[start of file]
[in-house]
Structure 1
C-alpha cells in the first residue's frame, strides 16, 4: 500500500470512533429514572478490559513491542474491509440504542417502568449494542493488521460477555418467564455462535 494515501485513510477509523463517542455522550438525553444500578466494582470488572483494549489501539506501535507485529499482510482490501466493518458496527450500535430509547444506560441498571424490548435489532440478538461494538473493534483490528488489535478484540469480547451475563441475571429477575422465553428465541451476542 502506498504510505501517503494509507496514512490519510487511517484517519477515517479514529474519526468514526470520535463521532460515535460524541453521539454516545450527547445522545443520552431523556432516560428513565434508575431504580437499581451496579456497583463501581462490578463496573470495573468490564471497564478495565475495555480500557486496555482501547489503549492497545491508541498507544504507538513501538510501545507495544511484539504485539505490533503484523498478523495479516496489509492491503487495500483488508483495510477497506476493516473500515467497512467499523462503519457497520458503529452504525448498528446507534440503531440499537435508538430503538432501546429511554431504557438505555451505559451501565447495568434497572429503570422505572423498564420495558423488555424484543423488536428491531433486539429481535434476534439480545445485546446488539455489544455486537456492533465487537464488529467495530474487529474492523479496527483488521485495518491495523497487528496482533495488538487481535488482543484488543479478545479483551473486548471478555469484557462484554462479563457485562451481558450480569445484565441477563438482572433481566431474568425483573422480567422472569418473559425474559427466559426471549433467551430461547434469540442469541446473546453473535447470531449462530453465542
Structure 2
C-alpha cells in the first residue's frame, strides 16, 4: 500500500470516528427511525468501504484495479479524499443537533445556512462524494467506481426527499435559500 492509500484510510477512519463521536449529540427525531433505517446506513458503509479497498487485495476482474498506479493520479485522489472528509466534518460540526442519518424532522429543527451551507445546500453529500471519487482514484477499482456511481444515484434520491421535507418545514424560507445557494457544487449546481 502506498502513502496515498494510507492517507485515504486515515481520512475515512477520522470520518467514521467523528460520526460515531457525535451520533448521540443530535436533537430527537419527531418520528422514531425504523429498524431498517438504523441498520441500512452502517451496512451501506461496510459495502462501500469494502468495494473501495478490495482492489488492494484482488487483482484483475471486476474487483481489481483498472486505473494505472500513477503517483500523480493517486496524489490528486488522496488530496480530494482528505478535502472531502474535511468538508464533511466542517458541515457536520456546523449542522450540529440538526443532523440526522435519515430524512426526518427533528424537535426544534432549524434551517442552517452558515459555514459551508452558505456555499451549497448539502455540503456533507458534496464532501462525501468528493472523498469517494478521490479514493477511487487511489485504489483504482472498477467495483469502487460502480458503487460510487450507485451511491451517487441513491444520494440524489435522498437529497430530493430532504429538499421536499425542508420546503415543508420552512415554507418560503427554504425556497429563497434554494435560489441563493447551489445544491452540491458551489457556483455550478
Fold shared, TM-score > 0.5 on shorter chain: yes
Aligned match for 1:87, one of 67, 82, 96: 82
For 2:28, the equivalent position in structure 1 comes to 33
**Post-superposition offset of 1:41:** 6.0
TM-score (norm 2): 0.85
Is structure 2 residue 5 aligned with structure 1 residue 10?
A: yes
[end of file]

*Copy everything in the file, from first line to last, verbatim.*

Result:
[in-house]
Structure 1
C-alpha cells in the first residue's frame, strides 16, 4: 500500500470512533429514572478490559513491542474491509440504542417502568449494542493488521460477555418467564455462535 494515501485513510477509523463517542455522550438525553444500578466494582470488572483494549489501539506501535507485529499482510482490501466493518458496527450500535430509547444506560441498571424490548435489532440478538461494538473493534483490528488489535478484540469480547451475563441475571429477575422465553428465541451476542 502506498504510505501517503494509507496514512490519510487511517484517519477515517479514529474519526468514526470520535463521532460515535460524541453521539454516545450527547445522545443520552431523556432516560428513565434508575431504580437499581451496579456497583463501581462490578463496573470495573468490564471497564478495565475495555480500557486496555482501547489503549492497545491508541498507544504507538513501538510501545507495544511484539504485539505490533503484523498478523495479516496489509492491503487495500483488508483495510477497506476493516473500515467497512467499523462503519457497520458503529452504525448498528446507534440503531440499537435508538430503538432501546429511554431504557438505555451505559451501565447495568434497572429503570422505572423498564420495558423488555424484543423488536428491531433486539429481535434476534439480545445485546446488539455489544455486537456492533465487537464488529467495530474487529474492523479496527483488521485495518491495523497487528496482533495488538487481535488482543484488543479478545479483551473486548471478555469484557462484554462479563457485562451481558450480569445484565441477563438482572433481566431474568425483573422480567422472569418473559425474559427466559426471549433467551430461547434469540442469541446473546453473535447470531449462530453465542
Structure 2
C-alpha cells in the first residue's frame, strides 16, 4: 500500500470516528427511525468501504484495479479524499443537533445556512462524494467506481426527499435559500 492509500484510510477512519463521536449529540427525531433505517446506513458503509479497498487485495476482474498506479493520479485522489472528509466534518460540526442519518424532522429543527451551507445546500453529500471519487482514484477499482456511481444515484434520491421535507418545514424560507445557494457544487449546481 502506498502513502496515498494510507492517507485515504486515515481520512475515512477520522470520518467514521467523528460520526460515531457525535451520533448521540443530535436533537430527537419527531418520528422514531425504523429498524431498517438504523441498520441500512452502517451496512451501506461496510459495502462501500469494502468495494473501495478490495482492489488492494484482488487483482484483475471486476474487483481489481483498472486505473494505472500513477503517483500523480493517486496524489490528486488522496488530496480530494482528505478535502472531502474535511468538508464533511466542517458541515457536520456546523449542522450540529440538526443532523440526522435519515430524512426526518427533528424537535426544534432549524434551517442552517452558515459555514459551508452558505456555499451549497448539502455540503456533507458534496464532501462525501468528493472523498469517494478521490479514493477511487487511489485504489483504482472498477467495483469502487460502480458503487460510487450507485451511491451517487441513491444520494440524489435522498437529497430530493430532504429538499421536499425542508420546503415543508420552512415554507418560503427554504425556497429563497434554494435560489441563493447551489445544491452540491458551489457556483455550478
Fold shared, TM-score > 0.5 on shorter chain: yes
Aligned match for 1:87, one of 67, 82, 96: 82
For 2:28, the equivalent position in structure 1 comes to 33
**Post-superposition offset of 1:41:** 6.0
TM-score (norm 2): 0.85
Is structure 2 residue 5 aligned with structure 1 residue 10?
A: yes